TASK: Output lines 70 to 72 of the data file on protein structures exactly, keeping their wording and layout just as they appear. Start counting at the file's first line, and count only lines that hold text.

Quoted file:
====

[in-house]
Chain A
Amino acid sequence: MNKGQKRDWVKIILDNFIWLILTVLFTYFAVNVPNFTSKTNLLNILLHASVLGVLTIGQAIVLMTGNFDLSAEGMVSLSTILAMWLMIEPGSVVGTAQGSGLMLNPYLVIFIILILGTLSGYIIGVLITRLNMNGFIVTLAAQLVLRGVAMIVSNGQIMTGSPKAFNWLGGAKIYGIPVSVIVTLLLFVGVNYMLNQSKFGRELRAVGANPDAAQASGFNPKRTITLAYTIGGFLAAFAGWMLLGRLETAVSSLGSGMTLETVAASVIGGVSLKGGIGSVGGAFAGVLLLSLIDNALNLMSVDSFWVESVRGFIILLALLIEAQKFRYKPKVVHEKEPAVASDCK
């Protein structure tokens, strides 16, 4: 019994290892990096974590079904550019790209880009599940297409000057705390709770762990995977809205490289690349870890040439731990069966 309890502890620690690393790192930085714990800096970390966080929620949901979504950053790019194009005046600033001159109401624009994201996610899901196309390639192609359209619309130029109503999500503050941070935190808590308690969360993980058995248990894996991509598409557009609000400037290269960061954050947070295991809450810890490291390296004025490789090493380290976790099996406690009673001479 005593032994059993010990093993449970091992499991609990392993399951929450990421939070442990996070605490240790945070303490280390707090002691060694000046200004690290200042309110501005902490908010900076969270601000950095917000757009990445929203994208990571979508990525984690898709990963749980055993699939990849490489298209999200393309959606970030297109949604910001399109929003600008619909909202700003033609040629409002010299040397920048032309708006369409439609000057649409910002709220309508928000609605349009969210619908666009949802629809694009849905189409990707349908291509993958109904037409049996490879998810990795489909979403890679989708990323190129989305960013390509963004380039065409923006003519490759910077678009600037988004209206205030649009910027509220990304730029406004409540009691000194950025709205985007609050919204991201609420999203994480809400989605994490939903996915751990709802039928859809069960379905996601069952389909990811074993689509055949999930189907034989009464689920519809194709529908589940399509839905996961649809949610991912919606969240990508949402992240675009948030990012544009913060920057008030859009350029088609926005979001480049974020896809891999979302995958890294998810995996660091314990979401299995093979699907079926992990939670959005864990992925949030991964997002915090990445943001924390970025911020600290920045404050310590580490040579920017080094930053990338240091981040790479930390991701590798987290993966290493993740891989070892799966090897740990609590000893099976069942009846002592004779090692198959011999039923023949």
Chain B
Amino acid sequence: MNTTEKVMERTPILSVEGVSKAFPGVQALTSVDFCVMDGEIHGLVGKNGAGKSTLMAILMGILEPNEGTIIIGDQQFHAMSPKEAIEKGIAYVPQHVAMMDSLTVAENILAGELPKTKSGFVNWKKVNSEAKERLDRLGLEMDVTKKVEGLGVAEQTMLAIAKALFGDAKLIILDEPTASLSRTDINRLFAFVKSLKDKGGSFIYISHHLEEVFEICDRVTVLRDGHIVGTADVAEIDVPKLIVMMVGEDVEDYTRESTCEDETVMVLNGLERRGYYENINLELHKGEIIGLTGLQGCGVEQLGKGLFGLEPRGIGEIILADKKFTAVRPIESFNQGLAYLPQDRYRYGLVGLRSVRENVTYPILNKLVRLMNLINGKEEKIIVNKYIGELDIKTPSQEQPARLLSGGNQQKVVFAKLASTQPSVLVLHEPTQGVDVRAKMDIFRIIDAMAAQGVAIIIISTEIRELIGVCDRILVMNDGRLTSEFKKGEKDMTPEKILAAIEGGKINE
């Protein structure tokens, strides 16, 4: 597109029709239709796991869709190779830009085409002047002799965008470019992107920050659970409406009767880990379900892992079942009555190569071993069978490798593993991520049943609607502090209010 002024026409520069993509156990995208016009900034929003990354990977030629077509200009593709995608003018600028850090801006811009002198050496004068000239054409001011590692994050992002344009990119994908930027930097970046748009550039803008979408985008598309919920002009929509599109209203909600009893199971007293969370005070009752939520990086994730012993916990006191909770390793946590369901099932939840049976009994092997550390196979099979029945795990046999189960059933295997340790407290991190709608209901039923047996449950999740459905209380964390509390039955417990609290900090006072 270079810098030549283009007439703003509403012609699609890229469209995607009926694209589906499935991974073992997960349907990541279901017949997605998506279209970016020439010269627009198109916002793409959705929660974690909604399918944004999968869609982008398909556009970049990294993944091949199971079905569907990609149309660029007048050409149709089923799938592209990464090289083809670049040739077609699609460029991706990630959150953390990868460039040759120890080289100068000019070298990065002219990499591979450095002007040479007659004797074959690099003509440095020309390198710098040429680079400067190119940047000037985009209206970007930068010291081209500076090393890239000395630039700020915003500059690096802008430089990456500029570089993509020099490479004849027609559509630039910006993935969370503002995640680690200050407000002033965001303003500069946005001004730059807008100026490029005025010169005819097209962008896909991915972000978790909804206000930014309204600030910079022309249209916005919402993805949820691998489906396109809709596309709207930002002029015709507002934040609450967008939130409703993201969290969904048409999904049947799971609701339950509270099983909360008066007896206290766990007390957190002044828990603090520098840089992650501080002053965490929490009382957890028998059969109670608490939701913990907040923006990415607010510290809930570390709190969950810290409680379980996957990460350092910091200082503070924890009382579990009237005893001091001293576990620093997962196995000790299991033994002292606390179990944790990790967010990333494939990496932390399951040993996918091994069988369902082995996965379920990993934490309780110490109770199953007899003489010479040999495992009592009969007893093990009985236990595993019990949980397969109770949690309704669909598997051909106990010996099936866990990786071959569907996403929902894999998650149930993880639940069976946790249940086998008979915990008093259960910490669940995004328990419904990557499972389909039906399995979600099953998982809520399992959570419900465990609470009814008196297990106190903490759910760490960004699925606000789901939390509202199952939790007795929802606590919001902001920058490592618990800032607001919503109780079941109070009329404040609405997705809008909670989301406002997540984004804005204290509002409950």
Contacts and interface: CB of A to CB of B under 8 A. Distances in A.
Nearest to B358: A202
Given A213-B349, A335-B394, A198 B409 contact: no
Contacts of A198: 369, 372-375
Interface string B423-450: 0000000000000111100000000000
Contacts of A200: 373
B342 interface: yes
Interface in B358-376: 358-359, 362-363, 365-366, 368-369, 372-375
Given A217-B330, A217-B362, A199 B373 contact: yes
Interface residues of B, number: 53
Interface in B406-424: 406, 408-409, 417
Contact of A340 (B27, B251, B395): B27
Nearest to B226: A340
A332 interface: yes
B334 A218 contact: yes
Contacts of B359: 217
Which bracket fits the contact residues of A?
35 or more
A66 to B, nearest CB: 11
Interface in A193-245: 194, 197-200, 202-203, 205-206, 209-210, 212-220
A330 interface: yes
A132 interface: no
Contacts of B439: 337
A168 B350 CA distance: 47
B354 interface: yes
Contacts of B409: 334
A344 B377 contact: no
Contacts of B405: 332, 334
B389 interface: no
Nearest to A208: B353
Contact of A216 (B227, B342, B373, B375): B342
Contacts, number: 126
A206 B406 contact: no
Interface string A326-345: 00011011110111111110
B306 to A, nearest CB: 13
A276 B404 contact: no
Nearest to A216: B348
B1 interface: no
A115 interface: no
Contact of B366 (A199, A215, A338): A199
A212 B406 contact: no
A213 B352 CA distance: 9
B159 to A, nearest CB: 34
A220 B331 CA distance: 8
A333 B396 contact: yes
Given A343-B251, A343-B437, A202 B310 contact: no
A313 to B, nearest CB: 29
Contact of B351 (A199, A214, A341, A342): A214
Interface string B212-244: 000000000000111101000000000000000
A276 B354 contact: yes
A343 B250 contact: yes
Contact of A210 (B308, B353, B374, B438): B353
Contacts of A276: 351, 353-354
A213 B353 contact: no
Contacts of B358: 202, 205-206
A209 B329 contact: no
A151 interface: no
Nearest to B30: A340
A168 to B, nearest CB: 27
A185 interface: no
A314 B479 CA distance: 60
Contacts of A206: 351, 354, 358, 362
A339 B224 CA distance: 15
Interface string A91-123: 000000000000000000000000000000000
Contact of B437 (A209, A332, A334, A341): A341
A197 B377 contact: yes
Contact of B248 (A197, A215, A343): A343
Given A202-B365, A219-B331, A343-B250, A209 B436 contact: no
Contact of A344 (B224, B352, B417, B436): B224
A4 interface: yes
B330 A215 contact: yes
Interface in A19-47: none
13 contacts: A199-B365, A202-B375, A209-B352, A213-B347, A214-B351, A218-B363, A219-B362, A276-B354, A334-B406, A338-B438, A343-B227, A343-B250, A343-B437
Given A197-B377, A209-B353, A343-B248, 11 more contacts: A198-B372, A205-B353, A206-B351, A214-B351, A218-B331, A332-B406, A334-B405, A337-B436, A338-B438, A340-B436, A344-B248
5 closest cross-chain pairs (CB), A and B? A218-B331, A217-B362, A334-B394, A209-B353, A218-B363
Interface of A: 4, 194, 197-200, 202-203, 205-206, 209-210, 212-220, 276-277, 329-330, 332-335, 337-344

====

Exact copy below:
A339 B224 CA distance: 15
Interface string A91-123: 000000000000000000000000000000000
Contact of B437 (A209, A332, A334, A341): A341